“Sure, that’s fine with me,” I sent her off into the dark, teenager abyss of moving bodies.

I wasn’t really bothered by her request because I honestly just wanted to dance with my own friends. Most of them only brought friends as dates, so they could dance with others.

Half an hour went by. Then a full hour. Two. Three. Still no sign of my prom date. Someone asked if I knew where she was. I didn’t. Maybe she was nearby camouflaged with the other countless short, red dresses that moved around, near, and on sweaty guys. Someone else asked if I thought she was okay? “I’m sure she’s fine,” I answered.

I continued to dance with my friends and tried to pretend that I was having just as good of a time as I did at every other school dance. But I wasn’t.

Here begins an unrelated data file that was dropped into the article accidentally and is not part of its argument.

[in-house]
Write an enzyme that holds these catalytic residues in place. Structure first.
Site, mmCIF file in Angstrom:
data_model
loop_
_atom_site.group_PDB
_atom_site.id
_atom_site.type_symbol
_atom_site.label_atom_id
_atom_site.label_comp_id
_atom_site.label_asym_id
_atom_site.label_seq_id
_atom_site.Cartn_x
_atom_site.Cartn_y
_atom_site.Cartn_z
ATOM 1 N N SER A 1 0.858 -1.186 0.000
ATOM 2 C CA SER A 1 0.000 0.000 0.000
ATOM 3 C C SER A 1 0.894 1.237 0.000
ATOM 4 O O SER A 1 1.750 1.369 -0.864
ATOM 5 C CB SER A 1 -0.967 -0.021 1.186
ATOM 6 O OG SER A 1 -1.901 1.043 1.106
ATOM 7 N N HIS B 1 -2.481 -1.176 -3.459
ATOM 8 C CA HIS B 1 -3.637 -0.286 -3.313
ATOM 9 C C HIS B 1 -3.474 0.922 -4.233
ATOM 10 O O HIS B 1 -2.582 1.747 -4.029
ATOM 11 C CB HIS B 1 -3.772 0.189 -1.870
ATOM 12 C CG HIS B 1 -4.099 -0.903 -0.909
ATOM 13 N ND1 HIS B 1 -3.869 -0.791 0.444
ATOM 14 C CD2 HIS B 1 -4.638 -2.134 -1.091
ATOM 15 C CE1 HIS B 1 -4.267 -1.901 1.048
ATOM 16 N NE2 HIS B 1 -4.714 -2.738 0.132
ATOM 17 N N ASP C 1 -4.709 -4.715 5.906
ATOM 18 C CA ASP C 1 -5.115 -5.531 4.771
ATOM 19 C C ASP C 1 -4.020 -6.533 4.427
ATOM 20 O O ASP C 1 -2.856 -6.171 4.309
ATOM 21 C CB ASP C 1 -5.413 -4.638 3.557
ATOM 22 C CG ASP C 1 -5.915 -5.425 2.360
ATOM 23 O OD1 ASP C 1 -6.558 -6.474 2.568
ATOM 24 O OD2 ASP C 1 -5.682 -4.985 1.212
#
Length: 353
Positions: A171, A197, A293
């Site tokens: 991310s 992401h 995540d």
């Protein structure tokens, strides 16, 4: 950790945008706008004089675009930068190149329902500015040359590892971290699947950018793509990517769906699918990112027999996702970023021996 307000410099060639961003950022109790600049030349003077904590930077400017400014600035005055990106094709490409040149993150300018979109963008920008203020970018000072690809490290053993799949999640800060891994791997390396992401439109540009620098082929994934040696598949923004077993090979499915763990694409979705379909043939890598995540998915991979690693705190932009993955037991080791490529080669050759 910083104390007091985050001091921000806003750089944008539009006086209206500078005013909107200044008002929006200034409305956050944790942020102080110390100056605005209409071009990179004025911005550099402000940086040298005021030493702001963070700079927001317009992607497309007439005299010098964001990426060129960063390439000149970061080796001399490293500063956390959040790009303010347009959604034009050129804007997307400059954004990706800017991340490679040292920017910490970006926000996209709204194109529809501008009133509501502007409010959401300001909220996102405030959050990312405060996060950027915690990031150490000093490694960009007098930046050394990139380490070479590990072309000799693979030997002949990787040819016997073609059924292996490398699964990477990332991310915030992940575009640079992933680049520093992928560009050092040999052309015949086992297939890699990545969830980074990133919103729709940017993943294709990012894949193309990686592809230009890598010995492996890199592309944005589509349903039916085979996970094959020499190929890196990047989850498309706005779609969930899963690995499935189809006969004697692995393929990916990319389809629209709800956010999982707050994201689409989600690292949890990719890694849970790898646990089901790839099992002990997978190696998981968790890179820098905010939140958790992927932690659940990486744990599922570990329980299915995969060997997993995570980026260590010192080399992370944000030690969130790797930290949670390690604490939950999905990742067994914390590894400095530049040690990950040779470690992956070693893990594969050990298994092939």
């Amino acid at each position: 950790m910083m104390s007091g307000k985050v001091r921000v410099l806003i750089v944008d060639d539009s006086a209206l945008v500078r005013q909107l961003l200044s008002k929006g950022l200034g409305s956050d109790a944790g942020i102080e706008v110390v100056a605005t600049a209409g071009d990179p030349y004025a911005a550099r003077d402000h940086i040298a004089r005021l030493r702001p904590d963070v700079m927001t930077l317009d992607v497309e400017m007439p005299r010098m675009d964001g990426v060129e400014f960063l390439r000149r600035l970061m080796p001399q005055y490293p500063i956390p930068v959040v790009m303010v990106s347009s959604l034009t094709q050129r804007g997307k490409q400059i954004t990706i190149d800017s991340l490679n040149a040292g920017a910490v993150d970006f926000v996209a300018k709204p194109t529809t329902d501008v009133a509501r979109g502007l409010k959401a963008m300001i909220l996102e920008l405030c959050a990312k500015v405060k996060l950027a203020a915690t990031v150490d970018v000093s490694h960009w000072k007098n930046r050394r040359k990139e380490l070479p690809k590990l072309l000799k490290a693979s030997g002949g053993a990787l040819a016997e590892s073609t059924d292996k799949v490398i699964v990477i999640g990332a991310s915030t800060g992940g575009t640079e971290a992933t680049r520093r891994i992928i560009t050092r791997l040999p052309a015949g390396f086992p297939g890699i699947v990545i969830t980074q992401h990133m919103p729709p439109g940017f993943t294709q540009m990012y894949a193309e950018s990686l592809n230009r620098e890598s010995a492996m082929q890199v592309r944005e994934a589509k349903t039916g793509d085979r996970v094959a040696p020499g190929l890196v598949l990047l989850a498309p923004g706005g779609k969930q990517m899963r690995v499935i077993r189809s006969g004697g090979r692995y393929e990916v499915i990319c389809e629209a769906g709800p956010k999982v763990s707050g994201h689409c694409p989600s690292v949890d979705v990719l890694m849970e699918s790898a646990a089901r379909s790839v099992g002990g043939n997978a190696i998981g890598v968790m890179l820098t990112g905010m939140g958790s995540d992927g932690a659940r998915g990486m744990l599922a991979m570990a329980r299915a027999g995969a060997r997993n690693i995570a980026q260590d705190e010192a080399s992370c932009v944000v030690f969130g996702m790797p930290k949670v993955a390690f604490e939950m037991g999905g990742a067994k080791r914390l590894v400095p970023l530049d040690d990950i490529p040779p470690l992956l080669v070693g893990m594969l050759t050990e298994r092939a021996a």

I wasn’t second guessing my decision of breaking up with my ex, but I was sad. Maybe mourning in a way. And I was alone. The familiarity of the environment made me remember first dancing with her my freshmen year, and how I felt like the king of the world back then, when everything was still brand new. I gave her up. Now she was dancing with someone else, looking happy and pretty as ever.

Eventually, all my friends were coupled up with the help of the mood of a magical environment. I awkwardly stood there by myself. I watched time fade by like the last two years of my high school life. I felt like the fool. People started noticing that I was alone, and it was weird, so I had to go.

But I had nowhere to go. I couldn’t just leave my date, although she left me. I looked for a hideout, some place unnoticed safe—the restroom.

Surrounded by the cold, tall, echoing walls of the boy’s restroom, I could still hear the songs vibrating through the floors in muffled words of bass. My feet were now sore from my dress shoes—maybe tired. I looked into the scratched mirror and examined myself. Sharp dressed in a pressed shirt. A red tie to match a missing date. Hair still perfectly styled. But alone.